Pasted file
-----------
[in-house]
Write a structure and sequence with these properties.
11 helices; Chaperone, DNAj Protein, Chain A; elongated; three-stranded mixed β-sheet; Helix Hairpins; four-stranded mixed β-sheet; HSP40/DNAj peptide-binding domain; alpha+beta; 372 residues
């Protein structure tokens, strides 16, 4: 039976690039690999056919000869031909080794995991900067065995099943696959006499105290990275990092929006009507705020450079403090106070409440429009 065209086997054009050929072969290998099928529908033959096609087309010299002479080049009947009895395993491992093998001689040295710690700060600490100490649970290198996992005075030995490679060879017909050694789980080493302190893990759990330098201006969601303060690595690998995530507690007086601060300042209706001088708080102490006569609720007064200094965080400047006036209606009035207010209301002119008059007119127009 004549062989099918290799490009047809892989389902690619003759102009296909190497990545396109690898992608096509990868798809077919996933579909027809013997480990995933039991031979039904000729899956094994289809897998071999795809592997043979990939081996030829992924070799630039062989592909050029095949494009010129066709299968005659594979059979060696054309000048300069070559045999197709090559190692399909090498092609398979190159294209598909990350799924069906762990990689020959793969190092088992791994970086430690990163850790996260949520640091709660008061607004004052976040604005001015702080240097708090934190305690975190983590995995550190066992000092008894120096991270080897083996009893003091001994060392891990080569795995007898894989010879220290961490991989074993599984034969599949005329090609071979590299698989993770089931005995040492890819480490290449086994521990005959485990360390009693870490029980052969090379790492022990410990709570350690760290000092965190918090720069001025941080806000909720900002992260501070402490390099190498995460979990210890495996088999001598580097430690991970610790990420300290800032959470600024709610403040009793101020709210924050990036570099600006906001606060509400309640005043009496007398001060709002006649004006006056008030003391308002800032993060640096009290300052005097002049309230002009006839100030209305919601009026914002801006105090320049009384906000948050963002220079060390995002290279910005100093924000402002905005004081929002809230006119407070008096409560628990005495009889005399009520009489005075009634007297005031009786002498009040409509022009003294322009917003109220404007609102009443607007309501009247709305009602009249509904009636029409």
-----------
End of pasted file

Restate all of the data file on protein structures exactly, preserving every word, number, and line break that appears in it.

[in-house]
Write a structure and sequence with these properties.
11 helices; Chaperone, DNAj Protein, Chain A; elongated; three-stranded mixed β-sheet; Helix Hairpins; four-stranded mixed β-sheet; HSP40/DNAj peptide-binding domain; alpha+beta; 372 residues
């Protein structure tokens, strides 16, 4: 039976690039690999056919000869031909080794995991900067065995099943696959006499105290990275990092929006009507705020450079403090106070409440429009 065209086997054009050929072969290998099928529908033959096609087309010299002479080049009947009895395993491992093998001689040295710690700060600490100490649970290198996992005075030995490679060879017909050694789980080493302190893990759990330098201006969601303060690595690998995530507690007086601060300042209706001088708080102490006569609720007064200094965080400047006036209606009035207010209301002119008059007119127009 004549062989099918290799490009047809892989389902690619003759102009296909190497990545396109690898992608096509990868798809077919996933579909027809013997480990995933039991031979039904000729899956094994289809897998071999795809592997043979990939081996030829992924070799630039062989592909050029095949494009010129066709299968005659594979059979060696054309000048300069070559045999197709090559190692399909090498092609398979190159294209598909990350799924069906762990990689020959793969190092088992791994970086430690990163850790996260949520640091709660008061607004004052976040604005001015702080240097708090934190305690975190983590995995550190066992000092008894120096991270080897083996009893003091001994060392891990080569795995007898894989010879220290961490991989074993599984034969599949005329090609071979590299698989993770089931005995040492890819480490290449086994521990005959485990360390009693870490029980052969090379790492022990410990709570350690760290000092965190918090720069001025941080806000909720900002992260501070402490390099190498995460979990210890495996088999001598580097430690991970610790990420300290800032959470600024709610403040009793101020709210924050990036570099600006906001606060509400309640005043009496007398001060709002006649004006006056008030003391308002800032993060640096009290300052005097002049309230002009006839100030209305919601009026914002801006105090320049009384906000948050963002220079060390995002290279910005100093924000402002905005004081929002809230006119407070008096409560628990005495009889005399009520009489005075009634007297005031009786002498009040409509022009003294322009917003109220404007609102009443607007309501009247709305009602009249509904009636029409």